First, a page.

Wednesday, September 23, 2015

You're Fired!

I was reading Schumpeter/Digital Taylorism in the Economist from last week. It's a great article and should be read. 

The short version; Frederick Taylor was an influential management guru of the early 20th century. He advocated breaking down each job to it's simplest components. Measure everything that workers do and link pay to performance. Bonuses to the best workers and pink slips to the lowest performers. Sounds far too familiar? 

For most of my career I was the guy that made the decision to let someone go. Even as an apprentice I was given the job of foremen. Let me tell you, it was painful for me to lay someone off that first time. For the journeyman that I was letting go, it had to be particularly galling to see an apprentice handing him his final check. But, as time went on, I found a management style that suited me and most times I was able to avoid laying someone off for cause. At the end of a job and without another job to go to, we all would be given the final check; that was expected and accepted by all of us. 

I found that if I respected the workers for their talents and was honest with them when I saw them falling behind in some area, I was given respect and loyalty. After awhile I had a crew that would go with me from job to job. Commercial drywall/steel framing work is hard and it's dangerous and so there is a certain sense of brotherhood that bound us together and it was gratifying to know that these men depended on me as much as I depended on them. I rarely had to say anything to correct them or to encourage them to work faster. Once a week at our safety meeting I would tell them of our progress and how much we needed to do to stay on schedule. As the foreman, I would usually have my tools on and would work all day, by myself, and only see the crew at lunch or at a break. They would come to see me only if they had a problem they couldn't solve themselves. 

Sounds like a nice setup doesn't it? Well, it was for quite awhile; then there was a change. We went to work for someone new to us. I was soon getting called in to the office because I wasn't 'pushing' the crew hard enough. We had been getting bonuses and praise for some time from other contractors. This was startling to me. I asked if we were behind schedule? I was told that we weren't but we could go faster and maybe I should layoff some guys so that they knew I was serious. I did a cowardly thing and said I would think about it. I should have quit.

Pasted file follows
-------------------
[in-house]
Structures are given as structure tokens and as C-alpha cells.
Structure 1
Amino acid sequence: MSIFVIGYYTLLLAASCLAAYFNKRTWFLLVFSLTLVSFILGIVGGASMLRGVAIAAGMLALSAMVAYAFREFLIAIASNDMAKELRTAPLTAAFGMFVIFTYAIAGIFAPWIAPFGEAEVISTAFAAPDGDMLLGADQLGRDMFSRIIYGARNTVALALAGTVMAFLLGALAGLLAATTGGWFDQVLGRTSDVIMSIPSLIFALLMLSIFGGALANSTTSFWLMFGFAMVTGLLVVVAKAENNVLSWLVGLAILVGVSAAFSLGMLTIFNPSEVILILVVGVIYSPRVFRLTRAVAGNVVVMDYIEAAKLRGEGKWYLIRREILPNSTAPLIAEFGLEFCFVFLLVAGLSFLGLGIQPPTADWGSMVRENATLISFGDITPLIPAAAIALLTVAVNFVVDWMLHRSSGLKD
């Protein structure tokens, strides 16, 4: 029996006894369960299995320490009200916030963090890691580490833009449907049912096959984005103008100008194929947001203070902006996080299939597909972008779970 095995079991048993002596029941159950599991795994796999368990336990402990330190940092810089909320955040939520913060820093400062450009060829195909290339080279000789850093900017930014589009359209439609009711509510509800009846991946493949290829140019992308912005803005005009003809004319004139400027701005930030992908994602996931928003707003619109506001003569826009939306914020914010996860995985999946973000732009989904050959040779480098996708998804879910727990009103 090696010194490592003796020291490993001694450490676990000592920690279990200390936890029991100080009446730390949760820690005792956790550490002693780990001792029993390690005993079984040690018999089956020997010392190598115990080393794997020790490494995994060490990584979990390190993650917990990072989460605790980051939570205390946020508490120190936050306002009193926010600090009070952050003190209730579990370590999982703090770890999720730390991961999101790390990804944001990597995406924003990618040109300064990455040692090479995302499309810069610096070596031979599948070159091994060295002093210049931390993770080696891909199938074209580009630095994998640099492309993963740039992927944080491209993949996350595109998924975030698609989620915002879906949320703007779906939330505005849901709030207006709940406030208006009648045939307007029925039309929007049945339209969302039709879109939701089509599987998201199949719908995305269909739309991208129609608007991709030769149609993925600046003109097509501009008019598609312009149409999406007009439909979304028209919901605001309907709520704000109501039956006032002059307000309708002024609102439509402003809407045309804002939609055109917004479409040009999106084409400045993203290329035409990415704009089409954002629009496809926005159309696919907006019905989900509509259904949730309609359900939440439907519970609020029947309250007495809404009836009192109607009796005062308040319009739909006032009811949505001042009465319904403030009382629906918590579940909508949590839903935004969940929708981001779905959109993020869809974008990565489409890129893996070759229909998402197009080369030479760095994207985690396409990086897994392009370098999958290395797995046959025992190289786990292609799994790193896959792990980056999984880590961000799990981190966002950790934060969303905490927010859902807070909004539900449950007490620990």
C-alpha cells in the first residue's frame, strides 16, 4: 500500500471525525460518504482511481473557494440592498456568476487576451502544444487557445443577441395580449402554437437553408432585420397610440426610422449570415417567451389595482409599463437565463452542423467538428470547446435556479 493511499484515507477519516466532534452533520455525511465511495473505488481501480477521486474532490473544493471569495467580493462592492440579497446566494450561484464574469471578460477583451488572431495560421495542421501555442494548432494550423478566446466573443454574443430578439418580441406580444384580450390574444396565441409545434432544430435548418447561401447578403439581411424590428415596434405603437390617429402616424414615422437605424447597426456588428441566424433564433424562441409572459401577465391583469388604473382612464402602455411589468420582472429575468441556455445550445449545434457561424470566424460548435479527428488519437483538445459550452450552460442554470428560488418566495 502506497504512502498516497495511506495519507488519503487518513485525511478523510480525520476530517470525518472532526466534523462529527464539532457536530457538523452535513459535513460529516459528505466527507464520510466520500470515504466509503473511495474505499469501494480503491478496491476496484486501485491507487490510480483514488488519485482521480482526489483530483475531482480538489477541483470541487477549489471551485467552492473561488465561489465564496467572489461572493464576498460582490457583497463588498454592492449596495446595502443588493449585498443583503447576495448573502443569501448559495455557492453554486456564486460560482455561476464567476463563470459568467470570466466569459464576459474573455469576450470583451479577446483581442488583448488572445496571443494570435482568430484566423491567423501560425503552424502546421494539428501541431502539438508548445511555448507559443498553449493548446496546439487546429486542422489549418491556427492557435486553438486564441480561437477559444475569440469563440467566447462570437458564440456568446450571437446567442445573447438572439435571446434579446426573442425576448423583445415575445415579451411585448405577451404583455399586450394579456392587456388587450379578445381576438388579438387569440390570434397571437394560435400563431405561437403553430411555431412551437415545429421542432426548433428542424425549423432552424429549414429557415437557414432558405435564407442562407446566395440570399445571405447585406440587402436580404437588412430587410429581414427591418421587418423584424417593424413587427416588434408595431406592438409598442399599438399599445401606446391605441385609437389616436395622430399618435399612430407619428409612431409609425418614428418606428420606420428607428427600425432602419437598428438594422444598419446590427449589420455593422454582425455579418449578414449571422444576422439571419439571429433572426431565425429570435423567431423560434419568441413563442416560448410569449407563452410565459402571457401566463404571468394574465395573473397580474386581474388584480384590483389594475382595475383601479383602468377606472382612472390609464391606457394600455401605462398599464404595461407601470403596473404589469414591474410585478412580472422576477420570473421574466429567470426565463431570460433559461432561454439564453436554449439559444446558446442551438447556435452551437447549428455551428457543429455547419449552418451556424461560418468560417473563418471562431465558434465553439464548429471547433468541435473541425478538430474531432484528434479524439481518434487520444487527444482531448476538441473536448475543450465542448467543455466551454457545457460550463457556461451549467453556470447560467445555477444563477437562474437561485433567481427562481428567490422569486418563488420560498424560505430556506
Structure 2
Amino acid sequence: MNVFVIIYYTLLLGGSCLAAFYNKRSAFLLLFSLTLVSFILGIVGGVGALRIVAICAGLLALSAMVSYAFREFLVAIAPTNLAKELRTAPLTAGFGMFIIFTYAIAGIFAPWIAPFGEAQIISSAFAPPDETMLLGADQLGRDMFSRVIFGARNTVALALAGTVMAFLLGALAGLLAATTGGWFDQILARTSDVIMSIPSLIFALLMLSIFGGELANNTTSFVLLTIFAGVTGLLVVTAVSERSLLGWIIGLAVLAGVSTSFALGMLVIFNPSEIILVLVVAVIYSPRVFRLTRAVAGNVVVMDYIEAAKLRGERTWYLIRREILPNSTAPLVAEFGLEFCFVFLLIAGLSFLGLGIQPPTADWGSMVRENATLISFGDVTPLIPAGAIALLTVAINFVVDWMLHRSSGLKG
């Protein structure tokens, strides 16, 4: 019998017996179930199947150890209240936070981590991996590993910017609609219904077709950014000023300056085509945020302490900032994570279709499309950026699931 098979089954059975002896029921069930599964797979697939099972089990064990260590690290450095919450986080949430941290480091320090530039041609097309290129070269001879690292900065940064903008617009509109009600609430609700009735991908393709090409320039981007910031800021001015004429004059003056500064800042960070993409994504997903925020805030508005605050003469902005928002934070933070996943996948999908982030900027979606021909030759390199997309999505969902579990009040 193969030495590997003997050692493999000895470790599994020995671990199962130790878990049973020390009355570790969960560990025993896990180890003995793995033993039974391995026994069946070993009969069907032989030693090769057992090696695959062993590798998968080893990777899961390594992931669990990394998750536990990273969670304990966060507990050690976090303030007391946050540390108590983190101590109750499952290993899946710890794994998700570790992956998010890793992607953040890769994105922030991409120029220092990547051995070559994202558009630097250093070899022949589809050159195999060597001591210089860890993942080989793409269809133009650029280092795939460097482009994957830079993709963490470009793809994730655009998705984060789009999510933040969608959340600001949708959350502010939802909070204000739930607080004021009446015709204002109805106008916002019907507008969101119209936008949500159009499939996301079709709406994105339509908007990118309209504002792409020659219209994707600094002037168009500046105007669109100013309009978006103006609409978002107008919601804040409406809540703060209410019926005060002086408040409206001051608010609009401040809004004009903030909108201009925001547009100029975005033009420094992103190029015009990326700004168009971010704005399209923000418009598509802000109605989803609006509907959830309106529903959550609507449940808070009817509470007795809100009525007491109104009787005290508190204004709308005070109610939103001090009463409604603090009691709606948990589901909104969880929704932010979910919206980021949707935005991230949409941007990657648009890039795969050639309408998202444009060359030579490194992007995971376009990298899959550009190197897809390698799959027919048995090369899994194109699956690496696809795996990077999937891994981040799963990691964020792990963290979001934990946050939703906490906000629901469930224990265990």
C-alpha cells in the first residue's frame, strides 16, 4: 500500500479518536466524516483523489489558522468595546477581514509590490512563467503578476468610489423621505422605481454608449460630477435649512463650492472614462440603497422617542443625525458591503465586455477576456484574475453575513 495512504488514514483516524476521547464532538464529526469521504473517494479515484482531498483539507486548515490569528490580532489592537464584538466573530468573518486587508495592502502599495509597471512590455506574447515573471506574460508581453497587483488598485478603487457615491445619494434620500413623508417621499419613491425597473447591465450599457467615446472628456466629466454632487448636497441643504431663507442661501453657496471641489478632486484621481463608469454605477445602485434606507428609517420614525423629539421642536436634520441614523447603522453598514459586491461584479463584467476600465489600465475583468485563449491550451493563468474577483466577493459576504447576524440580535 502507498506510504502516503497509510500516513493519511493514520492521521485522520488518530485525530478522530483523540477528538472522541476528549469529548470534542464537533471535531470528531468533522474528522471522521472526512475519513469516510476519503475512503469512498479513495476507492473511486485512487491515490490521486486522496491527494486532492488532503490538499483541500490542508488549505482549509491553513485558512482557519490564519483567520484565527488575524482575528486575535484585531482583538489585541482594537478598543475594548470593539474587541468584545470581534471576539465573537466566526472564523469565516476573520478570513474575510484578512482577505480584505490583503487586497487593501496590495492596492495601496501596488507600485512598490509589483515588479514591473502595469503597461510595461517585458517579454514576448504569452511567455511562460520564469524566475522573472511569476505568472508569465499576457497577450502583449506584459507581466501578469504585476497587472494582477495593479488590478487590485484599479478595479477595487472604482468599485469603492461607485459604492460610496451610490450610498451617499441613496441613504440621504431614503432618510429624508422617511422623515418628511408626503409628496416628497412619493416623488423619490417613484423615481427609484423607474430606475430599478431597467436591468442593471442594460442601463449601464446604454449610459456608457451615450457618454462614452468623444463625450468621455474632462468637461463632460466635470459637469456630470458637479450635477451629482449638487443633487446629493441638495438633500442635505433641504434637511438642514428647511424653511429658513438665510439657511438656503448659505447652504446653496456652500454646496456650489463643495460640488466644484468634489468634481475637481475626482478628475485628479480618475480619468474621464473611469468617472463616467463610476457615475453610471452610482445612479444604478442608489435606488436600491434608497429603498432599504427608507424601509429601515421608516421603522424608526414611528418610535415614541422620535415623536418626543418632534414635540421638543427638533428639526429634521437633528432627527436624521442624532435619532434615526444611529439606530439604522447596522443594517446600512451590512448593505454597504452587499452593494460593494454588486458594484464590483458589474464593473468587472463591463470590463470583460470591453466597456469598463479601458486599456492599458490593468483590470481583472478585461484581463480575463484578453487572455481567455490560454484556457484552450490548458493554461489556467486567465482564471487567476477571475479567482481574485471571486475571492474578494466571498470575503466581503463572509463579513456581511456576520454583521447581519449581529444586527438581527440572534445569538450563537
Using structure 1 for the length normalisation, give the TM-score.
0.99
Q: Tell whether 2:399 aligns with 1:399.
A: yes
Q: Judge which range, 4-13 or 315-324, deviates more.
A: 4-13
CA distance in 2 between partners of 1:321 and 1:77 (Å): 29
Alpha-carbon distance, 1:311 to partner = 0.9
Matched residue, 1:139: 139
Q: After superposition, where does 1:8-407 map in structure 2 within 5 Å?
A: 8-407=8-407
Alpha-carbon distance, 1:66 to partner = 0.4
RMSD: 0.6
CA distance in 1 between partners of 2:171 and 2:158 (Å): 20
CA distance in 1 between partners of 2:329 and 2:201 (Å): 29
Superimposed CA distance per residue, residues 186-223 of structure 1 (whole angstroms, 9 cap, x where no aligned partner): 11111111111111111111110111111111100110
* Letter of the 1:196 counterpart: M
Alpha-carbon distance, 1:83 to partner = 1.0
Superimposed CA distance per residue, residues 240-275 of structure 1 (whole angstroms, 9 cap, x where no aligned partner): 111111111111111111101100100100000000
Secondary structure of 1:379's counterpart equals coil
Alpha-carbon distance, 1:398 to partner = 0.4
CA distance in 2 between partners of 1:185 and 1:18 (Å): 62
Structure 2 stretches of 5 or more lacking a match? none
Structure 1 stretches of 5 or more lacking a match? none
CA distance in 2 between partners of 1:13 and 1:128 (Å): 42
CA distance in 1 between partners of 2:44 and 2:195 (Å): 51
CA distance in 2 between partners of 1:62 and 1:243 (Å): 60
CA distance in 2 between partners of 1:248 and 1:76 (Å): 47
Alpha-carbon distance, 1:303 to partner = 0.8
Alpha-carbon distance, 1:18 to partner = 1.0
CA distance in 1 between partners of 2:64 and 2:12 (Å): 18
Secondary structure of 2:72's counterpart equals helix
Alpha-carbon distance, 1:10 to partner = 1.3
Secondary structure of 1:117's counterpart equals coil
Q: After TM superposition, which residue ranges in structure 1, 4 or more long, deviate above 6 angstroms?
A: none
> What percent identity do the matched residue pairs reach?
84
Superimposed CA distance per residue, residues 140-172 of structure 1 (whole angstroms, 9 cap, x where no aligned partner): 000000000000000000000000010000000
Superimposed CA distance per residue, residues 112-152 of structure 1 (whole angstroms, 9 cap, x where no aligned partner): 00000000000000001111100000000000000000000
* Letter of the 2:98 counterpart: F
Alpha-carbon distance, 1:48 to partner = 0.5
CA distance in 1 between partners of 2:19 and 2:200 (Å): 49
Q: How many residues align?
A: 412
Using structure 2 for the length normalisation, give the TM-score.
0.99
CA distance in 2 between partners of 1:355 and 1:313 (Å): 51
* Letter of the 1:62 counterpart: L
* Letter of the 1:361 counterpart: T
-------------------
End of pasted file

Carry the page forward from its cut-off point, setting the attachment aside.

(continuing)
I didn't lay off anyone and told myself that I wouldn't work for that guy again. Easier said than done. It became increasingly difficult to find a contractor that was comfortable with my style of leadership. The years went by and for a time I was a contractor myself, trying to use the same style and it generally worked. Then I moved to N. California and found myself looking for work in the Reno area. There were lots of high rise hotels being built and that was something I knew quite well. I went to work as a journeyman; enjoying the fact that I was working, and at the end of the day I would go home and never take the pressures of leadership home with me.

That didn't last long; the higher-ups saw that I had some talent and asked me to be a foreman. I said yes  and it was back to the same demands; "why wasn't I pushing the crew harder?" "You ought to try yelling a little more often". Reno was a much smaller job market than Los Angeles so I didn't have the freedom to do as I wanted every time, though I did try. I'm not proud of some of those times. 

Fast forward 15 years to my first salaried job. I was now an estimator/project manager for a very large, nationwide, construction company.  In December of that first year I was called in to the Manager's office for a 'review'. When I first heard that I was going to be 'reviewed', I thought they were kidding me. In my long history of working in the construction industry, the only review you had resulted in keeping your job. Are you still working? Fine. End of review. I really felt insulted to be reviewed. If you don't like what I'm doing; fire me!

Well, I retired from that corporation and had plenty of reviews. All good. But I was never comfortable with the process. I'm still not. 

It is the way things work these days and the days of work that I truly enjoyed are gone forever. You can read the article and you will agree...


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